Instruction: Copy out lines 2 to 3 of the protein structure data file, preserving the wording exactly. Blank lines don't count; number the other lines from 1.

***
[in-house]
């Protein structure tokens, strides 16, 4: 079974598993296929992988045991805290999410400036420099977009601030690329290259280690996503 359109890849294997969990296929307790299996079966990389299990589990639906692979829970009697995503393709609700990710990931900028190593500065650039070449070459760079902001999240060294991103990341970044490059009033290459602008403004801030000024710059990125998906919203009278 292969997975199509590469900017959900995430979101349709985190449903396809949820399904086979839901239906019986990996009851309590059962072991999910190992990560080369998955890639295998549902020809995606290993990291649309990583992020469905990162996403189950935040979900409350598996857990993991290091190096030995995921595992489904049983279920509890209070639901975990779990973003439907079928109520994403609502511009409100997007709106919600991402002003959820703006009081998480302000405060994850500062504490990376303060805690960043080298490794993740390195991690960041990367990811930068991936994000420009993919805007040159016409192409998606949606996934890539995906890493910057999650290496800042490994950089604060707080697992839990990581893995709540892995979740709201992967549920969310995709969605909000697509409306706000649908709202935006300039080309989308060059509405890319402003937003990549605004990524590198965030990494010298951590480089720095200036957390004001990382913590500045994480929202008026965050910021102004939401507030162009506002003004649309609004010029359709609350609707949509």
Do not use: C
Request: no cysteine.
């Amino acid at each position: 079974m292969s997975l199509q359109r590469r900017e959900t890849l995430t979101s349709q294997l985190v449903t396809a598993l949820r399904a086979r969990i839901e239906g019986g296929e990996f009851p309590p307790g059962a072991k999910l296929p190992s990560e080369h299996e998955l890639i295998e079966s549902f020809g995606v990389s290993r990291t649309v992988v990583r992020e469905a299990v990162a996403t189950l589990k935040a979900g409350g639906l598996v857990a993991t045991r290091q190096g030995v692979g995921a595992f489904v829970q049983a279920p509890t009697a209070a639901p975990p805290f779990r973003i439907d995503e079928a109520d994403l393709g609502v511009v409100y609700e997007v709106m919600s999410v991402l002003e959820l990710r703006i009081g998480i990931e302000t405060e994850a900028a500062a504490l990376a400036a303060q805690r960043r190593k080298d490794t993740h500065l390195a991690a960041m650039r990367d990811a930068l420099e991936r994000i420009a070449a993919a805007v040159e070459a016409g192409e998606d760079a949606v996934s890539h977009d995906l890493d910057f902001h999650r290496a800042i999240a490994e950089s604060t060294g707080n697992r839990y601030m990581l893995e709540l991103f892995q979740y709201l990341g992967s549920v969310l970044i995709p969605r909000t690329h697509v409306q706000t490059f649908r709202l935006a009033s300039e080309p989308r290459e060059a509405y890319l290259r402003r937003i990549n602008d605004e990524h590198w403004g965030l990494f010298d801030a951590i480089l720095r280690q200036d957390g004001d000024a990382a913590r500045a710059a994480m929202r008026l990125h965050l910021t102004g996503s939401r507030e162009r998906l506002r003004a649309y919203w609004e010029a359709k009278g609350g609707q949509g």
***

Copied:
């Protein structure tokens, strides 16, 4: 079974598993296929992988045991805290999410400036420099977009601030690329290259280690996503 359109890849294997969990296929307790299996079966990389299990589990639906692979829970009697995503393709609700990710990931900028190593500065650039070449070459760079902001999240060294991103990341970044490059009033290459602008403004801030000024710059990125998906919203009278 292969997975199509590469900017959900995430979101349709985190449903396809949820399904086979839901239906019986990996009851309590059962072991999910190992990560080369998955890639295998549902020809995606290993990291649309990583992020469905990162996403189950935040979900409350598996857990993991290091190096030995995921595992489904049983279920509890209070639901975990779990973003439907079928109520994403609502511009409100997007709106919600991402002003959820703006009081998480302000405060994850500062504490990376303060805690960043080298490794993740390195991690960041990367990811930068991936994000420009993919805007040159016409192409998606949606996934890539995906890493910057999650290496800042490994950089604060707080697992839990990581893995709540892995979740709201992967549920969310995709969605909000697509409306706000649908709202935006300039080309989308060059509405890319402003937003990549605004990524590198965030990494010298951590480089720095200036957390004001990382913590500045994480929202008026965050910021102004939401507030162009506002003004649309609004010029359709609350609707949509």
Do not use: C